Author: Sandeep Nahata
Learning Technologies have been moving at a faster pace than we have ever seen before. Over the last few years, we have seen trends make a comeback, become more affordable and kill the hype over what we may have thought was going to be the next big thing! Looking at the current set of products and trends, they all underpin a common need – the learning experience of an end-user. Let’s explore the top 5 trends that most organisations seem to be talking about currently.
With technology advances, attention spans have become smaller as there are more options for users. It is easy for a user to be distracted by something that may be more relevant to them at that moment in time. ‘Relevant to them at that moment of time’ being key. Machine Learning capabilities today allow us to process large volumes of data to know and predict user behaviour based on an earlier pattern by similar users. This means that we can gauge a user’s learning and development needs at that moment and serve what is appropriate.
50% of the jobs that exist today won’t exist by 2030 and 80% of the jobs that will be needed for 2030 don’t even exist today. Those statistics are quite daunting and leave L&D with the task of preparing the workforce for these jobs of the future. To cope with the needs of these ‘unknown roles’, organisations have started to focus on skills-based training instead of role-based training. A skill-based focus allows organisations and individuals to be more agile with development and adapt better to needs as the future unfolds.
The organisation have long talked about the Push vs Pull learning Culture. Push refers to the training that’s assigned to the user while Pull is about the training the user self-assigns for themselves. Organisations with high Pull Learning have been said to have a more mature learning culture. Machine Learning-based intelligent recommendations give this all a very new look as the pull training is (or will be) be determined by how good and relevant the recommendations “pushed” by Machine Learning are.
Learning Journeys have been an established way of grouping training together by the L&D functions to help users take a collection of Learning in a logical order. In the age of social platforms and influencers, people are more likely to follow what people they trust suggest. The ability for users to create and publish learning journeys that others can adopt or use as a starting point drives much stronger results than traditionally published journeys. This also taps into many intrinsic human instincts like social collaboration (looking at learning paths created by colleagues/influencers), gamification (the desire to publish learning journeys that will get wider adoption), accomplishments (seeing that a learning playlist created by you has been widely accepted and appreciated by organisations) and user-generated content.
Microlearning or Bite-Sized Learning was talked about 15 years ago but soon died (or so we thought). With individuals having lower attention spans yet looking to keep themselves engaged in the smallest of the time gaps, traditional eLearning isn’t something that works. People learn better when they are able to consume information when they are most open to it. Setting aside an hour to learn about something when they can watch a 5-minute video is not ideal.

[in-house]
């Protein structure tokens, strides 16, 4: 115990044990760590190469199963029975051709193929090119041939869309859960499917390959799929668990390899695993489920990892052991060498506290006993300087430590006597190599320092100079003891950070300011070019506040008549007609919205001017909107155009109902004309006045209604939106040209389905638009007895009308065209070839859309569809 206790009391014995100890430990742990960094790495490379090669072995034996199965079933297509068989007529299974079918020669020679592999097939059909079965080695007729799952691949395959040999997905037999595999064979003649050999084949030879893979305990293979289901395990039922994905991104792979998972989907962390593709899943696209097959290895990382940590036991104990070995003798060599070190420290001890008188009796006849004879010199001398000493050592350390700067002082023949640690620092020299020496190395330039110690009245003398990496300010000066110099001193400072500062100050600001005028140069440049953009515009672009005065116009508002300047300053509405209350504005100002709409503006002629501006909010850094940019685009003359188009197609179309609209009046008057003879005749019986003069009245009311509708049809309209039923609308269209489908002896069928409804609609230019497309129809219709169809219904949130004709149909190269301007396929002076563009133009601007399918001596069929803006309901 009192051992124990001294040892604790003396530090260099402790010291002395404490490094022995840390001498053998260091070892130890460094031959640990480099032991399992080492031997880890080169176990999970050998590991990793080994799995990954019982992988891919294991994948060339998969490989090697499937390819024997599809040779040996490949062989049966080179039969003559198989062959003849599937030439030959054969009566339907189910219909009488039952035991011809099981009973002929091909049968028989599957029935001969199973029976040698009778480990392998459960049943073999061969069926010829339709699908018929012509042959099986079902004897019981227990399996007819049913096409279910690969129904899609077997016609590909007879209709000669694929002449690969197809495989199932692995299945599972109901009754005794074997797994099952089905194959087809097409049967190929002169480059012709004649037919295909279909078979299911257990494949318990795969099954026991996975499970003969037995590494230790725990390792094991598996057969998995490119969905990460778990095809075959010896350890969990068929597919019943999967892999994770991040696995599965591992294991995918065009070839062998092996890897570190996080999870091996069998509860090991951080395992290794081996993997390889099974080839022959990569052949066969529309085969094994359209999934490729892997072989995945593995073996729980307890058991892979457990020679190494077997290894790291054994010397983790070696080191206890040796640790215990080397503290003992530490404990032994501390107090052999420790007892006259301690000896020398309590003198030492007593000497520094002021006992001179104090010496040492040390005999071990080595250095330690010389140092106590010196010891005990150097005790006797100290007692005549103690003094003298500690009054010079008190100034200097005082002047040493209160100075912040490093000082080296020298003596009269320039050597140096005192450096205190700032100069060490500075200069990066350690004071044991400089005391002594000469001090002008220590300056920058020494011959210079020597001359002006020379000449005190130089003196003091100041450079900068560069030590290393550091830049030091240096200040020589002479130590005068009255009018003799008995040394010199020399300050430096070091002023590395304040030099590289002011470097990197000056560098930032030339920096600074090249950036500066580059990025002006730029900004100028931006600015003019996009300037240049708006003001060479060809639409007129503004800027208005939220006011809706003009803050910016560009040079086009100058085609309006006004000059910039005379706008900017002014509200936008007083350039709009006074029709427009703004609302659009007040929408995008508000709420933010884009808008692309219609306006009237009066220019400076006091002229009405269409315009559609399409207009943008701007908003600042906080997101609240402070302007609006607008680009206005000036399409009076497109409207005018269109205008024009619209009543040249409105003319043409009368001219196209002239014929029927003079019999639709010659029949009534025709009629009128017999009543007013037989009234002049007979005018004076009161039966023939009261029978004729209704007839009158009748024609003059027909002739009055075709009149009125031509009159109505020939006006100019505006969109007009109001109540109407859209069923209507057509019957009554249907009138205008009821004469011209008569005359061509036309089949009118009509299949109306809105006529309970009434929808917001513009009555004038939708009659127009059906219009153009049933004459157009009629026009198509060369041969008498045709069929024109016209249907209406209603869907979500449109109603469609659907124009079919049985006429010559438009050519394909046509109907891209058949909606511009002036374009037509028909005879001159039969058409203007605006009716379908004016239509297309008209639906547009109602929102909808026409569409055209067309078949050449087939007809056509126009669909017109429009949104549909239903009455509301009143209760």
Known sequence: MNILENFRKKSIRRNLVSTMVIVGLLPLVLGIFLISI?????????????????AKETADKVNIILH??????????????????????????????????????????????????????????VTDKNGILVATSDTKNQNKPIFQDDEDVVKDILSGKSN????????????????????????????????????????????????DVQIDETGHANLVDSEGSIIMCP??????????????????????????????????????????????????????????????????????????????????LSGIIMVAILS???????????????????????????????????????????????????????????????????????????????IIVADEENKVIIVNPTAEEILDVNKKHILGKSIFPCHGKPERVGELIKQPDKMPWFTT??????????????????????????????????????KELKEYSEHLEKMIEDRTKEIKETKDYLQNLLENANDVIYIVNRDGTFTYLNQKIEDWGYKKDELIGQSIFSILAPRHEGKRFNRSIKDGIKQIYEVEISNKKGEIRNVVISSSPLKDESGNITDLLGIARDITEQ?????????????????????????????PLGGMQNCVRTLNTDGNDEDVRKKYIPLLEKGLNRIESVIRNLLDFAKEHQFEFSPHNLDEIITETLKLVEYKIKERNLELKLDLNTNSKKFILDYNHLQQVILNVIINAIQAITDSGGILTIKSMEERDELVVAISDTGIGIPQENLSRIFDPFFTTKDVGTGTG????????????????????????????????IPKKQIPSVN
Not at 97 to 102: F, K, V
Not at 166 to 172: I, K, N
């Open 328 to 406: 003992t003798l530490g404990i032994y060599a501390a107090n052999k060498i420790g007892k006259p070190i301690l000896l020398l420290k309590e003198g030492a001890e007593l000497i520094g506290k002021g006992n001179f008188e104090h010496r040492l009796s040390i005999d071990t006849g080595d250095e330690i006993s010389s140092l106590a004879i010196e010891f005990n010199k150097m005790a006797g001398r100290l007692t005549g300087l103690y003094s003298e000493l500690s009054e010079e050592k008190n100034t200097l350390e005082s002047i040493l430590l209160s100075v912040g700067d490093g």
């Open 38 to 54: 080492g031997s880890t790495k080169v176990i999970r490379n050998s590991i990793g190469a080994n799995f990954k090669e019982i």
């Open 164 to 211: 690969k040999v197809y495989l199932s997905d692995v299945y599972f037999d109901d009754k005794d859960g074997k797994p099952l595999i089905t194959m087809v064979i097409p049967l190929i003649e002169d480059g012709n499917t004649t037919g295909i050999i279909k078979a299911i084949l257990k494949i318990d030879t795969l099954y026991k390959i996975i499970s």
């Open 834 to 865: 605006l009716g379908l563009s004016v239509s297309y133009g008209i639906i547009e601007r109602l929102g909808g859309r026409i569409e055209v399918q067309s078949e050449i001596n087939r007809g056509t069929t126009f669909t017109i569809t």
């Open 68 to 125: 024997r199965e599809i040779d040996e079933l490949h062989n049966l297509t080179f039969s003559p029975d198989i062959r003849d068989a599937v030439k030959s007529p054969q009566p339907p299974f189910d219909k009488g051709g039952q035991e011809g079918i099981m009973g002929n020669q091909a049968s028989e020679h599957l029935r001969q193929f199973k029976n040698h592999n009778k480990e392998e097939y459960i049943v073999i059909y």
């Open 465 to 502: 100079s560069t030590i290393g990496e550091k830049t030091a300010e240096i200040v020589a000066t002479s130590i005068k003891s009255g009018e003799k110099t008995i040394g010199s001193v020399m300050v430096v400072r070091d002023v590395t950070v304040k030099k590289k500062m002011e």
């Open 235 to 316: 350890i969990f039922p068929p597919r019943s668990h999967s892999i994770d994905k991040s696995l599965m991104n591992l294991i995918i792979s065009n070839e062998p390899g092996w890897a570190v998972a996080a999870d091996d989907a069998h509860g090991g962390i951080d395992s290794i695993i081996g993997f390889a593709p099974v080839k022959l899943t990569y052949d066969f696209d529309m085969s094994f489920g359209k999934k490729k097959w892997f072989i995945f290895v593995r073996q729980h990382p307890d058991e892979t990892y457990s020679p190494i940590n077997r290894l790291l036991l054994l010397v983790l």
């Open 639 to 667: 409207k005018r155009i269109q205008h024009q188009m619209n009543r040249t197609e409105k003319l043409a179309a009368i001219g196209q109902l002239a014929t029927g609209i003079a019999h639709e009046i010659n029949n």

The format of Microlearning though is a lot different from what was anticipated initially. Early adopters who took on the concept of Microlearning started off by splitting their larger eLearning courses into smaller chunks so that users could consume them when convenient. In its new form, microlearning goes way beyond that and needs to be looked at very differently. Microlearning is provided through not just a series of module eLearning but through video, slides of content and podcasts instead. This is done by utilising available web content and aggregating and curating content from reliable sources and presenting it to the user. This allows users to consume content of varying lengths and modalities based on their preference and availability.
These learning trends are very focussed on the end-user and their experience, however, reporting capabilities have also improved along with the rich tools and technologies. This allows having better insights into the organisation’s areas of development, leaving space for more focus on strategy and organisational direction.
As we move into this new era of Learning Trends, there is a strong need for Learning solutions to evolve. Traditional Learning Management systems still have an important role to play in managing compliance and role-based training. Continuing to focus on these allows innovating and managing this very critical component in the best way possible. The Learning Management Solutions will need to continue developing further to provide integrations into the more agile and social learning platforms, allowing organisations to have the best of the two worlds!
The role of L&D will continue to change and become more strategic than ever before. Where historically, L&D has been an important part of the organisation in ensuring compliance and training, they will need to evolve and reinvent themselves in preparing the organisation for the future. Several organisations have renamed the L&D departments to Organisation Development instead, as the wider responsibility is now around preparing for future skills. Where raising expectations would have made the L&D function nervous in the past, technology today allows them to adapt a lot easier.
It’s an interesting time in this space as we are forced to unlearn a lot of traditional methods and learn new ways of Learning! What is your take on the above learning trends or others you may be seeing both in the industry and your organisation? How is your organisation dealing with these changes?